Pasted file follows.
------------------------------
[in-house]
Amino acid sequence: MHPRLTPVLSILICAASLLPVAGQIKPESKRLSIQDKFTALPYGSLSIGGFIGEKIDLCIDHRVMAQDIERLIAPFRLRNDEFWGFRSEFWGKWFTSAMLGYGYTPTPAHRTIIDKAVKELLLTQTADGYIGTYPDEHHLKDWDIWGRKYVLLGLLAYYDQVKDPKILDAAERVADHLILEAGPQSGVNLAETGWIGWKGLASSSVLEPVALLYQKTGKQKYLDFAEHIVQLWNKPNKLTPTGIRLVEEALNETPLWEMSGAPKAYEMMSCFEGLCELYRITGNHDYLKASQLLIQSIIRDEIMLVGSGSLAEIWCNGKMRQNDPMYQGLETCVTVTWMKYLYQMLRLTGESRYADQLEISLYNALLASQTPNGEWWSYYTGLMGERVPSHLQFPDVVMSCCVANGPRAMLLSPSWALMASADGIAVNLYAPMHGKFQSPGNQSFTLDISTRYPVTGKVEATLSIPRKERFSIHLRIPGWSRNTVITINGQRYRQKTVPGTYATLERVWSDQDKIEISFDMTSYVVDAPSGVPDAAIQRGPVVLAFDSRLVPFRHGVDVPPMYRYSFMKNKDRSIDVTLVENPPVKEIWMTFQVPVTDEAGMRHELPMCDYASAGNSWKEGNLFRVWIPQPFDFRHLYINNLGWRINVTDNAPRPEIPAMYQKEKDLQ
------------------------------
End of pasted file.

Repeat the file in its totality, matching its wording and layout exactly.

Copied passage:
[in-house]
Amino acid sequence: MHPRLTPVLSILICAASLLPVAGQIKPESKRLSIQDKFTALPYGSLSIGGFIGEKIDLCIDHRVMAQDIERLIAPFRLRNDEFWGFRSEFWGKWFTSAMLGYGYTPTPAHRTIIDKAVKELLLTQTADGYIGTYPDEHHLKDWDIWGRKYVLLGLLAYYDQVKDPKILDAAERVADHLILEAGPQSGVNLAETGWIGWKGLASSSVLEPVALLYQKTGKQKYLDFAEHIVQLWNKPNKLTPTGIRLVEEALNETPLWEMSGAPKAYEMMSCFEGLCELYRITGNHDYLKASQLLIQSIIRDEIMLVGSGSLAEIWCNGKMRQNDPMYQGLETCVTVTWMKYLYQMLRLTGESRYADQLEISLYNALLASQTPNGEWWSYYTGLMGERVPSHLQFPDVVMSCCVANGPRAMLLSPSWALMASADGIAVNLYAPMHGKFQSPGNQSFTLDISTRYPVTGKVEATLSIPRKERFSIHLRIPGWSRNTVITINGQRYRQKTVPGTYATLERVWSDQDKIEISFDMTSYVVDAPSGVPDAAIQRGPVVLAFDSRLVPFRHGVDVPPMYRYSFMKNKDRSIDVTLVENPPVKEIWMTFQVPVTDEAGMRHELPMCDYASAGNSWKEGNLFRVWIPQPFDFRHLYINNLGWRINVTDNAPRPEIPAMYQKEKDLQ